Wednesday, August 13, 2008

The Tories' Policy On Liverpool: Close It

You know you're well & truly into the silly season when "academics" propose the wholesale abandonment of northern towns & cities.
That's precisely what is put forward in a report by the Policy Exchange thinktank ( ), entitled "Cities Unlimited", which asserts that northern towns & cities, including Liverpool,have "failed" ( ).
The report suggests that people in the north should be paid to move south.
This seems like a twenty first century version of Norman Tebbit's infamous "on yer bike" speech at the Tories' 1981 conference & Geoffrey Howe's "managed decline" comment on Merseyside around the same time.
The Tories' "minister for Merseyside" (ha!), Chris Grayling, has attempted to distance the party from the report. However, as Nicholas Watt notes in the Guardian piece, Policy Exchange "enjoys strong links with the Tory leadership".
It is also commonly acknowledged that the role of such thinktanks, particularly those on the right, is to say things which the party would rather not voice at this stage (the sale of council houses & Thatcher's privatisation programmes first saw the light of day as thinktank suggestions). Therefore a significant Tory input into the Policy Exchange report is inevitable.
So where should we northerners go (assuming we can just up sticks, move our entire families & communities, etc. & move to similarly paid jobs in southern England)?
The answer: Oxford, Cambridge & London.
Yes, London.
Of course, everyone knows that the UK's capital city has enough space to spare...don't they?
As for Oxford & Cambridge, can you imagine the level & scale of infrastructure required for these two cities as they prepare to welcome the northern hordes?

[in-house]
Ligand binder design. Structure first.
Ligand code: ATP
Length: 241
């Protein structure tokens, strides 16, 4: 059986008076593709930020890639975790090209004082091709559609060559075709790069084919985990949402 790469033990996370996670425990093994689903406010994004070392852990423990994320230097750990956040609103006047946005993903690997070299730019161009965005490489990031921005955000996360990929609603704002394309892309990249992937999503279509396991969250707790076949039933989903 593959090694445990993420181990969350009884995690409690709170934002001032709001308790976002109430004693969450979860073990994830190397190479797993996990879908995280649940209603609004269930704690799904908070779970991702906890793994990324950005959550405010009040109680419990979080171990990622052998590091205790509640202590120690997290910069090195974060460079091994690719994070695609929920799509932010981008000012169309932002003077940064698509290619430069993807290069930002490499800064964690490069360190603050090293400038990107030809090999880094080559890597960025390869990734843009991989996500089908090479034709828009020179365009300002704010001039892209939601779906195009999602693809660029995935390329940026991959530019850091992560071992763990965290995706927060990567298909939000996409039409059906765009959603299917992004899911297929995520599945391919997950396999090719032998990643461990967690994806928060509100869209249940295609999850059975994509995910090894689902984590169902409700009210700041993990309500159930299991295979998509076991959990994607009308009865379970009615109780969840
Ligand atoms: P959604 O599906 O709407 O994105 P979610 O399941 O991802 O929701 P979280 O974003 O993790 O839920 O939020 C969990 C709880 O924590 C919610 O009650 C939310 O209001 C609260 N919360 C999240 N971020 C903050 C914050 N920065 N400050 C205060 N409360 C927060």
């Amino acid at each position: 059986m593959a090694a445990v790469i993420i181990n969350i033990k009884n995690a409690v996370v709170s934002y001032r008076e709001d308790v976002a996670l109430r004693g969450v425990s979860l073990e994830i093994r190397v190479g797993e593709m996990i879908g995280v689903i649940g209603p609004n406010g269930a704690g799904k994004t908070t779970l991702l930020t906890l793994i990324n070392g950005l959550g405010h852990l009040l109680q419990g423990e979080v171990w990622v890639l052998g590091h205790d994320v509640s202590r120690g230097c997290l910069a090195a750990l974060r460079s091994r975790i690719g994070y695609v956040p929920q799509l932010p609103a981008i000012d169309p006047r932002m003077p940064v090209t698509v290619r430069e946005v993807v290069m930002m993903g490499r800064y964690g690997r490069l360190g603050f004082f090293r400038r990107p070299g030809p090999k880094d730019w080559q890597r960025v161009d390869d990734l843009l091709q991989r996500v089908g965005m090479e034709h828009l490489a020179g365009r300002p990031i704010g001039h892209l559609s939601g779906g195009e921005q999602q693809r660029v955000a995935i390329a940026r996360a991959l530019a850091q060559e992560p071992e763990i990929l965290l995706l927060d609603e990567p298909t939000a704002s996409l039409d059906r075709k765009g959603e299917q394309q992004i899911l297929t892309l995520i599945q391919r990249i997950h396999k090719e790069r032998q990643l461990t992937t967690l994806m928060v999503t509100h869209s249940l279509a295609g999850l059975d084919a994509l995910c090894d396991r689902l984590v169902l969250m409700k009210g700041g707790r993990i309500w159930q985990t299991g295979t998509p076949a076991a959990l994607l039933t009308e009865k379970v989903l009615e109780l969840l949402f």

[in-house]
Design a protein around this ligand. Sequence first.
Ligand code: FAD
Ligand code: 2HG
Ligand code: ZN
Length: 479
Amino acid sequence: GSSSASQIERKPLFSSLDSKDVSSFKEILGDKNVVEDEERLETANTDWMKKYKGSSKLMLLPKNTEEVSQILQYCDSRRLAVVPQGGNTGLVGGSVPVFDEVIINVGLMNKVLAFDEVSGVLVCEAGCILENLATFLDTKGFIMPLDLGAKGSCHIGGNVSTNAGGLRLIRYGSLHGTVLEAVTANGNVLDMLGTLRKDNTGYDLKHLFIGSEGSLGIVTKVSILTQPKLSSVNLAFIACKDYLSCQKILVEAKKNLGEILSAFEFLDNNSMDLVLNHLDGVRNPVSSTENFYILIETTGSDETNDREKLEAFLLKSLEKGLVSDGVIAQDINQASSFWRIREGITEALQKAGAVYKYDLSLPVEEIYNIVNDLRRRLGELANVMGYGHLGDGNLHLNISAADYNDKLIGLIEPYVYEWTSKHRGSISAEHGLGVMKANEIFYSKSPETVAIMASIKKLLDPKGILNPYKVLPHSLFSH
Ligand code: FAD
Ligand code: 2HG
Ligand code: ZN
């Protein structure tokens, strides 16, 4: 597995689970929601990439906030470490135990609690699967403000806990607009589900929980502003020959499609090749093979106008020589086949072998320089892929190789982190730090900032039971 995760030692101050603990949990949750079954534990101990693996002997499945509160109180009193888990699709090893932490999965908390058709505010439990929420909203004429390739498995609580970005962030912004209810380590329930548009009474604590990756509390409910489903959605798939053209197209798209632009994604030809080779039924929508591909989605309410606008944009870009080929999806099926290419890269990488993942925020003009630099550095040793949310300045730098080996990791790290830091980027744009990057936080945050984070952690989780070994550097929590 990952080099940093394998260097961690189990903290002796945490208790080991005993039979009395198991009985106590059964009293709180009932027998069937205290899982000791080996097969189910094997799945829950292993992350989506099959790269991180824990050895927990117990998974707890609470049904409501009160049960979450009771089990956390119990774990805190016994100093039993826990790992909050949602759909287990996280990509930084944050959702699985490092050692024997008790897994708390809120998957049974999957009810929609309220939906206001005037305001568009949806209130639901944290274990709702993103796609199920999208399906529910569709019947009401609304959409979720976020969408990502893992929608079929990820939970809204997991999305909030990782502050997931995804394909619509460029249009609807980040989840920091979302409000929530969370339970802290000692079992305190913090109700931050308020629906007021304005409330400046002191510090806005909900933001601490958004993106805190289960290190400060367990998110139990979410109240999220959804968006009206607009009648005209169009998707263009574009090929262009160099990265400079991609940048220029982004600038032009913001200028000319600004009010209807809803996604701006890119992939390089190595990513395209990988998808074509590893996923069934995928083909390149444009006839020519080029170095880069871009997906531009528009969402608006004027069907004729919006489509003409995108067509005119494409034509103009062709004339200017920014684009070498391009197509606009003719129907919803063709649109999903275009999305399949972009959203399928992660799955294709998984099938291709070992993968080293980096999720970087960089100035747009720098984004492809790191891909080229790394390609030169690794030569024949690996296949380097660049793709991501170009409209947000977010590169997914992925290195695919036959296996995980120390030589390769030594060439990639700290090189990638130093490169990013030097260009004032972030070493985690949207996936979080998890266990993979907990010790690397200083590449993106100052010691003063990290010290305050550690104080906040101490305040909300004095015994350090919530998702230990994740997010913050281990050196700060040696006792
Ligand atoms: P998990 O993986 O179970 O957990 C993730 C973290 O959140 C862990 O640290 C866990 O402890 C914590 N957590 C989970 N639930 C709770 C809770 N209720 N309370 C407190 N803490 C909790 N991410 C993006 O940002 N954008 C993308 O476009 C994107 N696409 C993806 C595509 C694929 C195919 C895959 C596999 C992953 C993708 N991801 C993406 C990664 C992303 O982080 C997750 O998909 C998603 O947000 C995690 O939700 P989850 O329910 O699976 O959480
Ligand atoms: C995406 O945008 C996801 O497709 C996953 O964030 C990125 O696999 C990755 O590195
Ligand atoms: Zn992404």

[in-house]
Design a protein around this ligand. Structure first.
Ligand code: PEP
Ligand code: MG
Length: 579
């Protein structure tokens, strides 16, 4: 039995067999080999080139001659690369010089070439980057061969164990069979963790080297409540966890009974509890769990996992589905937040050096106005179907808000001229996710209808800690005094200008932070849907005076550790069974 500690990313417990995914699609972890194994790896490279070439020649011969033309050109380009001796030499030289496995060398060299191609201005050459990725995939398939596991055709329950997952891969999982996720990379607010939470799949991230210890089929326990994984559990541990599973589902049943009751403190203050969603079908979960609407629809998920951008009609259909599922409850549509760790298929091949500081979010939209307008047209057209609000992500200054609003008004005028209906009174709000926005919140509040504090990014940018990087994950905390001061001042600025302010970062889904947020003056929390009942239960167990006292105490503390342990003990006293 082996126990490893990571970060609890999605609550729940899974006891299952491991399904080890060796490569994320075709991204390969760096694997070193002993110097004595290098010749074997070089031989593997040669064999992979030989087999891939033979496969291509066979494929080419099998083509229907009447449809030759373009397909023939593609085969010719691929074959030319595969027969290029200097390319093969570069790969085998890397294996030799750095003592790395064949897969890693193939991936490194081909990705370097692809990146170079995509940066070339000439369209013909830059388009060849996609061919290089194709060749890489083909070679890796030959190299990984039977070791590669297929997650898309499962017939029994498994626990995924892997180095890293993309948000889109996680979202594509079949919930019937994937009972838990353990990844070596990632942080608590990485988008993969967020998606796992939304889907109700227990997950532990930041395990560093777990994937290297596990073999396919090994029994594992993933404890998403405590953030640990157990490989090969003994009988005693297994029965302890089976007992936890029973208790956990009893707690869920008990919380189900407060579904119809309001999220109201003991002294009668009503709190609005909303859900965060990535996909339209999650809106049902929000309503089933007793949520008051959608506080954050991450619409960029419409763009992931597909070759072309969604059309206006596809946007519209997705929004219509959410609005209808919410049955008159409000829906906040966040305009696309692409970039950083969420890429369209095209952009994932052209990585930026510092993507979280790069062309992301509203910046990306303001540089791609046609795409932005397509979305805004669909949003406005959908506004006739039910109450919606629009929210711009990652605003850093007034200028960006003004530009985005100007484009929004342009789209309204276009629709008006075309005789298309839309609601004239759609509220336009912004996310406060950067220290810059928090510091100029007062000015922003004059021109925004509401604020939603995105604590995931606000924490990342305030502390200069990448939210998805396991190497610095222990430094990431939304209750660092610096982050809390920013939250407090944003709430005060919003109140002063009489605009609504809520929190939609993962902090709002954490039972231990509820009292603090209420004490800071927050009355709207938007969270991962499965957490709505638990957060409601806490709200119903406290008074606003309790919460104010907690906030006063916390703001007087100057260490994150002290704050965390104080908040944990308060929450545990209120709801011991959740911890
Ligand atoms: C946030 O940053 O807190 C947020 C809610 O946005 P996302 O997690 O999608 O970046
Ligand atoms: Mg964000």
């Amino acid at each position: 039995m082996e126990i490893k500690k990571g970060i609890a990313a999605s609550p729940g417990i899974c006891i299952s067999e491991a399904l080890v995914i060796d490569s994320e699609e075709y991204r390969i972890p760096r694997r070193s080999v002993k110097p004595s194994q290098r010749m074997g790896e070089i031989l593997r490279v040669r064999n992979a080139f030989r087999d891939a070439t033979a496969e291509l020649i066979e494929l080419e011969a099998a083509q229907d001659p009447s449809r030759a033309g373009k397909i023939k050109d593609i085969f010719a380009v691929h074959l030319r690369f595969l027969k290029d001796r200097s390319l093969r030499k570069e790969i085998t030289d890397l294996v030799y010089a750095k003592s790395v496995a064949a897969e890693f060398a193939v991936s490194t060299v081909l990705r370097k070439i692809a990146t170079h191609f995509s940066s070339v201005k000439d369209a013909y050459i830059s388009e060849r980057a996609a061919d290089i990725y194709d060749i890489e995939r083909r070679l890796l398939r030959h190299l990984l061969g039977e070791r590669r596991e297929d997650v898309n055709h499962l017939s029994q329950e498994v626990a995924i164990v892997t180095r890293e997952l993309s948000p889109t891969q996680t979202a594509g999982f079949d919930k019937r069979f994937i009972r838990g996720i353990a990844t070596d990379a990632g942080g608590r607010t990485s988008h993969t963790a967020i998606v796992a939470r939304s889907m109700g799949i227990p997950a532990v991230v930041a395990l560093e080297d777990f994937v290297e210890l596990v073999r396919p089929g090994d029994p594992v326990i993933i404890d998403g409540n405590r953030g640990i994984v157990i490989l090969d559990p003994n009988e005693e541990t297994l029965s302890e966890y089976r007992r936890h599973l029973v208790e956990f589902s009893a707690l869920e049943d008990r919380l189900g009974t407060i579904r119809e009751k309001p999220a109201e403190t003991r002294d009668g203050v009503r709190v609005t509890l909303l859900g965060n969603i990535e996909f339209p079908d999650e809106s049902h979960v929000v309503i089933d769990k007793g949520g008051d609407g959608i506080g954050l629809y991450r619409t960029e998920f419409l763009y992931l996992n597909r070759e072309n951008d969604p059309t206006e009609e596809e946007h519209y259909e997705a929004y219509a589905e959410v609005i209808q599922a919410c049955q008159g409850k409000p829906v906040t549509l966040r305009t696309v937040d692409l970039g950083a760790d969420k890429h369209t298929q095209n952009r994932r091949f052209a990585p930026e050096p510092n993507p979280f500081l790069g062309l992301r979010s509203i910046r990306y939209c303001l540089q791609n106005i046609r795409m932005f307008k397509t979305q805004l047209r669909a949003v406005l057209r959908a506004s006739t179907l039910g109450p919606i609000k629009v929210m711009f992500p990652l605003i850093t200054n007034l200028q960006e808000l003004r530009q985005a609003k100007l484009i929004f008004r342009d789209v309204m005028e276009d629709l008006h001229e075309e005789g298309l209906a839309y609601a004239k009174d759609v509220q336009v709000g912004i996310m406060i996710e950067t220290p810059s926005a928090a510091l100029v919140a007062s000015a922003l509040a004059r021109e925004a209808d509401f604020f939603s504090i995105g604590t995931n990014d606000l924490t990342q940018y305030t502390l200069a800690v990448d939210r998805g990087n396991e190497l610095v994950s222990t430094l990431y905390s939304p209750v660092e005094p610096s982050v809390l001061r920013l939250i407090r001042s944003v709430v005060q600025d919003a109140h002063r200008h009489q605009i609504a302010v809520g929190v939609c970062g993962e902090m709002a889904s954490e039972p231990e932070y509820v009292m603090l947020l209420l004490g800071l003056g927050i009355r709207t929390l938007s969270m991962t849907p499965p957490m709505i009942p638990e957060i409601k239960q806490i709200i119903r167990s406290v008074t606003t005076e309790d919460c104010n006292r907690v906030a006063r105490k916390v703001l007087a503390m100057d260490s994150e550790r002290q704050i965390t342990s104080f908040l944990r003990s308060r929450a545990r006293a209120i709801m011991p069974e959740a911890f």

To be fair (& believe me, it's bloody difficult being fair to this report's Pythonesque premise), the Guardian article does quote two paragraphs from the thinktank's report which have to be acknowledged by us northerners:
"Many of Britain's towns and cities have failed --and been failed by policy makers for far too long. It is better to tell uncomfortable truths than to continue to claim that if we carry on as we are then things will turn out well. Just as we can't buck the market, so we can't buck economic geography either. Places that enjoyed the conditions for creating wealth in the coal-powered 19th century often do not do so today.
"Coastal cities, whether large like Liverpool and Hull, or small like Scunthorpe and Blackpool, are most vulnerable...They are almost always at the end of the line. They have lost their raison d'etre [as ports] and it is hard to imagine them prospering at their current sizes."
The Liverpool Echo gets its teeth into Dr Tim Leunig, one of the report's co-authors, who helps to dig his own hole with a few garbled & ignorant comments over the phone to the Echo's reporter ( ):
"[Liverpool] is poorly connected to the road network, the rail network and air links.
"And it is a long, long way away from markets in Europe.
"People are doing their best without a doubt. But the city still suffers the problem of not being near London or Heathrow."
The comments about the city's transport links may be valid but his other points make him sound like a remedial pupil who's just got the hang of basic geography (so Liverpool's 200 miles from London? Oooh, I didn't realise that before!).
The Echo notes that Dr Leunig lectures in economic history at the London School of Economics. Economic history does indeed make the point that the Port of Liverpool enjoyed its heyday in the mid to late 19th century. However, it is not the role or purpose of economic history to extrapolate future prospects from the study of the past.
Mischievously, the Echo publishes Dr Leunig's email address: .
However, let's leave the final word to Dr Leunig himself. According to the Guardian story, he acknowledges that his ideas will be seen as "unworkable, unreasonable and perhaps plain barmy".
You said it, Tim!

1 comment:

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